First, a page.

Data Trends

William Shoemaker 

When conducting a cost analysis, it is important to account for the utilization of individual service lines. By analyzing the portion of total costs allocated to each service within a given Medicare severity-adjusted diagnosis-related group (MS-DRG), utilization patterns may be detected that can lead to improved cost efficiencies.

This analysis examines the distribution of costs expressed as a percentage of total cost for the three MS-DRGs representing heart failure and shock (291, 292, and 293). Three facilities in a common market with similar service and size characteristics were selected as a peer group for comparison. Claims used in the study reflect Medicare inpatient prospective payment system claims from federal fiscal year 2010. Cost data were applied at a facility level using Medicare cost report information from the most concurrent hospital cost reports available for the three hospitals.

Analysis of the portion of total cost for intensive and critical care, routine care, laboratory, and pharmacy services, and for medical supplies, by MS-DRG for each facility discloses that, overall, the three facilities have similar overall costs for each MS-DRG, with the greatest rate of difference being between Hospitals A and B for MS-DRG 291. Yet each facility also has its own, unique pattern for utilizing those resources.

As an example, the data for Hospital A point to a remarkably high relative cost of routine care for MS-DRGs 292 and 293. Although this facility has managed to contain total cost significantly for the most intensive of the three MS-DRGs (291), there appears to be a significant problem with the cases in the other two MS-DRGs, which do not involve complications and comorbidities. Compared with its peers, Hospital A carries the highest percentage of cost going to routine care for MS-DRG 293, as well as the highest average cost and length of stay. These factors suggest that a more in-depth internal analysis of utilization patterns among these cases may discover opportunities to reduce costs.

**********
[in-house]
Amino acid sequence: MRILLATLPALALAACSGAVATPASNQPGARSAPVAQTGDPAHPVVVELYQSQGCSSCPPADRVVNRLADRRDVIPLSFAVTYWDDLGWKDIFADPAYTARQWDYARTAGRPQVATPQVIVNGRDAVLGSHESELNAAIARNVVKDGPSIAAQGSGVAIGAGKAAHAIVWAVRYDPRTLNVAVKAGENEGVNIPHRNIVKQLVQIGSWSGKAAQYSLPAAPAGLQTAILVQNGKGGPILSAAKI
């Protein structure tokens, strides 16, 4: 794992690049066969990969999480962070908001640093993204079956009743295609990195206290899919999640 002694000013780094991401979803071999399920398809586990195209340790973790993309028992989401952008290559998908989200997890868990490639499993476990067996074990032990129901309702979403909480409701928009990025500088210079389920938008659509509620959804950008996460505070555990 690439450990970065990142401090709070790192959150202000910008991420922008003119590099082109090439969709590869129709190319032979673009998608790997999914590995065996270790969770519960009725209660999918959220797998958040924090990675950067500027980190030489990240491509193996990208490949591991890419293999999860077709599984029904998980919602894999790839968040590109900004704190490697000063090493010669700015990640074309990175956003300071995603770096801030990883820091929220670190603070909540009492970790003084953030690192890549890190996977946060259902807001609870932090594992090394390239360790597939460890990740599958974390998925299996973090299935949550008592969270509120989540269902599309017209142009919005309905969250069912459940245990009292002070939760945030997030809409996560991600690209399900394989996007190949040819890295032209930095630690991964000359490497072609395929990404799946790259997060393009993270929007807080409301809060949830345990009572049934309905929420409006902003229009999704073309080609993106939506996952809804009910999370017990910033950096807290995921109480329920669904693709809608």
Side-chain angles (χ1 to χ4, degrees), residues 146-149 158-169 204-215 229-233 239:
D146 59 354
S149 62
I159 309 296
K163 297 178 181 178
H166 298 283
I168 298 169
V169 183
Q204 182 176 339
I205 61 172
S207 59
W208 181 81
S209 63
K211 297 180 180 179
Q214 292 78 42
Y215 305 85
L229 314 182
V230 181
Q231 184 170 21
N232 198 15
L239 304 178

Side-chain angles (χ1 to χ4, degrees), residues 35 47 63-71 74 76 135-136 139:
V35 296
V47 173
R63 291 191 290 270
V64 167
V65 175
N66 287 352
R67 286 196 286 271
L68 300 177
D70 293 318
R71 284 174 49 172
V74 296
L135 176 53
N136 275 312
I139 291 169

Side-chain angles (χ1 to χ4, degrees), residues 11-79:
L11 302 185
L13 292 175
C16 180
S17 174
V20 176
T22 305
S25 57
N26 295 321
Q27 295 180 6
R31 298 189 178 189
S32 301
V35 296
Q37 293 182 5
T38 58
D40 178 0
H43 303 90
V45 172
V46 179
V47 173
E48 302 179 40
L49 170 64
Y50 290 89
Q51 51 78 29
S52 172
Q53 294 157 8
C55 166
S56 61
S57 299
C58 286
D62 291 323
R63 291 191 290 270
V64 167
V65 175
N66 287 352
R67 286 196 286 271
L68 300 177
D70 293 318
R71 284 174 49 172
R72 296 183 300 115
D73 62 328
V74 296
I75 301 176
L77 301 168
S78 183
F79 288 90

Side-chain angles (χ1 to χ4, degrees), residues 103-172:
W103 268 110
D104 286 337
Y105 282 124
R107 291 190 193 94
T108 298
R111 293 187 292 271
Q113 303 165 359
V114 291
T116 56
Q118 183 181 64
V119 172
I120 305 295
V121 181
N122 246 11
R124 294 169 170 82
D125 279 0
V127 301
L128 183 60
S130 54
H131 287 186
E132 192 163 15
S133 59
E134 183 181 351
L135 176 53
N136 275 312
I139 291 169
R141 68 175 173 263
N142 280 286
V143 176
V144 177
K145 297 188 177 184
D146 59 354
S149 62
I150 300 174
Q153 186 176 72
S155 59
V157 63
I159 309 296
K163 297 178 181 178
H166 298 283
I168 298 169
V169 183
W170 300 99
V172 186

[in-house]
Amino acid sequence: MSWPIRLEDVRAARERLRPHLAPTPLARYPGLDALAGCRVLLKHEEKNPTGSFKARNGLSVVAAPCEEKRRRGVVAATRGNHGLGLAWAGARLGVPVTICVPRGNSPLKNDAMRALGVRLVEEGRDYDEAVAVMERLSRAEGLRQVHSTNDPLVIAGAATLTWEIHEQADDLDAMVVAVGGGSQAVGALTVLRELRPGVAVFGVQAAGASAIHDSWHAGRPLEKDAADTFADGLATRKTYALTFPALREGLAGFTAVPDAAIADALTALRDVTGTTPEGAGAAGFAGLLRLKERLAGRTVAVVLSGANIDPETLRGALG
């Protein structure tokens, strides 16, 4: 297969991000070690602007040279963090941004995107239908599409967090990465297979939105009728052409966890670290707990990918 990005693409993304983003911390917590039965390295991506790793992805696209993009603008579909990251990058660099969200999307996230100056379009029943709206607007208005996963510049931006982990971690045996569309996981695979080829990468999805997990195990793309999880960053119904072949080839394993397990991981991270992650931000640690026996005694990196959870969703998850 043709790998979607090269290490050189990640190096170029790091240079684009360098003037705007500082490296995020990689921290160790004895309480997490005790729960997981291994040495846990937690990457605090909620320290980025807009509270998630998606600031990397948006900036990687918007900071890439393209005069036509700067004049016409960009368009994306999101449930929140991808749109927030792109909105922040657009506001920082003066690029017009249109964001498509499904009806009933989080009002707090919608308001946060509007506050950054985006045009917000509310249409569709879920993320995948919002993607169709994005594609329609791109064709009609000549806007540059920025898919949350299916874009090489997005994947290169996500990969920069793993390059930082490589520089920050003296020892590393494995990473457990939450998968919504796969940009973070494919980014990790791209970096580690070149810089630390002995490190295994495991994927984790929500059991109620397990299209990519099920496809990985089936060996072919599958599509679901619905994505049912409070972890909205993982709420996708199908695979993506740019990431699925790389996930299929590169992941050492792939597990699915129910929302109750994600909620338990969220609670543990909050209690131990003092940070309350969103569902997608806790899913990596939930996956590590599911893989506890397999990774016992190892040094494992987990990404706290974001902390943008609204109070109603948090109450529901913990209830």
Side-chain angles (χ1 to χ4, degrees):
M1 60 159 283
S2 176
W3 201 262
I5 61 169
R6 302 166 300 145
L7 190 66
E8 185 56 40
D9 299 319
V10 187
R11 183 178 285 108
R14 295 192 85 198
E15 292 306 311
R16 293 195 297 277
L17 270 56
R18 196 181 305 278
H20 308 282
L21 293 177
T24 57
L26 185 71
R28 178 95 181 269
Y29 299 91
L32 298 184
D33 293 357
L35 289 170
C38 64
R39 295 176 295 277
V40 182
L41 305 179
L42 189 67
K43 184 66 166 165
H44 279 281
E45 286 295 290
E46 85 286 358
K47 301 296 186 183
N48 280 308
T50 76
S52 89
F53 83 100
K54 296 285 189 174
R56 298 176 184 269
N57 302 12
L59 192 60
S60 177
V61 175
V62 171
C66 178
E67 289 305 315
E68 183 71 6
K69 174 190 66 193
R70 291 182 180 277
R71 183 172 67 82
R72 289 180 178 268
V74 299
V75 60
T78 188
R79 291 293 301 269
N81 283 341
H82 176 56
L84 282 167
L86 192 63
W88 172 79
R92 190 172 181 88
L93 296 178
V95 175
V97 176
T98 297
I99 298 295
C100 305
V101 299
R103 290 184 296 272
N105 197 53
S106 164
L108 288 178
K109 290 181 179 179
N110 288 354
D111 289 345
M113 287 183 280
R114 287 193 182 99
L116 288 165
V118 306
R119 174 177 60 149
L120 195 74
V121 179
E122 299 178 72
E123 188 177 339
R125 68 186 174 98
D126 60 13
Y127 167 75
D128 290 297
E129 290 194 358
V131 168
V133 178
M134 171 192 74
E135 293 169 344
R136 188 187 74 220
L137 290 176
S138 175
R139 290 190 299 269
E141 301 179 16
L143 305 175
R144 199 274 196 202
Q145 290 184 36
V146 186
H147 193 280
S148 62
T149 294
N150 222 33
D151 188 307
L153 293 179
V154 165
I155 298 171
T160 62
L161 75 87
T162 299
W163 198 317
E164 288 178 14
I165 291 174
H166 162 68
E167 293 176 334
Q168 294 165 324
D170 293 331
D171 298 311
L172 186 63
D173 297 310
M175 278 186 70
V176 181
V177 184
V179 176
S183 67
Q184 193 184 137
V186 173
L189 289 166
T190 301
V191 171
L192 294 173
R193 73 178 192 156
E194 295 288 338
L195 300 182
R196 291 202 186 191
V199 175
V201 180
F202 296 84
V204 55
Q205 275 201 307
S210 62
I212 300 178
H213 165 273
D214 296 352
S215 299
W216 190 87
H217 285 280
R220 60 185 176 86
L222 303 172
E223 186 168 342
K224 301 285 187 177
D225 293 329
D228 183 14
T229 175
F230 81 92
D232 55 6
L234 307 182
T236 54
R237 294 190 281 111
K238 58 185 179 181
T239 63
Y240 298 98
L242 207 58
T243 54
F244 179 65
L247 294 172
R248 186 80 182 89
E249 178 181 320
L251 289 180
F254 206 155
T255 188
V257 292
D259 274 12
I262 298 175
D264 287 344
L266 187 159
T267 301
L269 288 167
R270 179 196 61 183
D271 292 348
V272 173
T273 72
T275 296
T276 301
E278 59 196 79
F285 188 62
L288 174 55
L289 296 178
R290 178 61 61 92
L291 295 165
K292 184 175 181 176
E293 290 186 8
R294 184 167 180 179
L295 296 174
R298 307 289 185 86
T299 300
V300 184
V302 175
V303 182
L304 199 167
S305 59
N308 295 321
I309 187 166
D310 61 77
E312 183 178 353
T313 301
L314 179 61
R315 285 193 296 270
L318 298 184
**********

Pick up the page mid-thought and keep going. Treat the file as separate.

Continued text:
This type of analysis is a good starting point for identifying areas for improvement and focusing savings efforts. It is important to note that each percentage in this analysis should be viewed in the context of the overall cost figures and percentages for the MS-DRG in question. At first glance, for example, Hospital C may seem to have inflated pharmacy and lab costs compared with its peers. More likely, however, the hospital's low cost for routine care (a major cost driver for these MS-DRGs) has simply caused these smaller-spend categories to represent a greater portion of the overall figure.



This analysis was developed by American Hospital Directory, Louisville, Ky. For more information, contact William Shoemaker at


Publication Date: Friday, June 01, 2012

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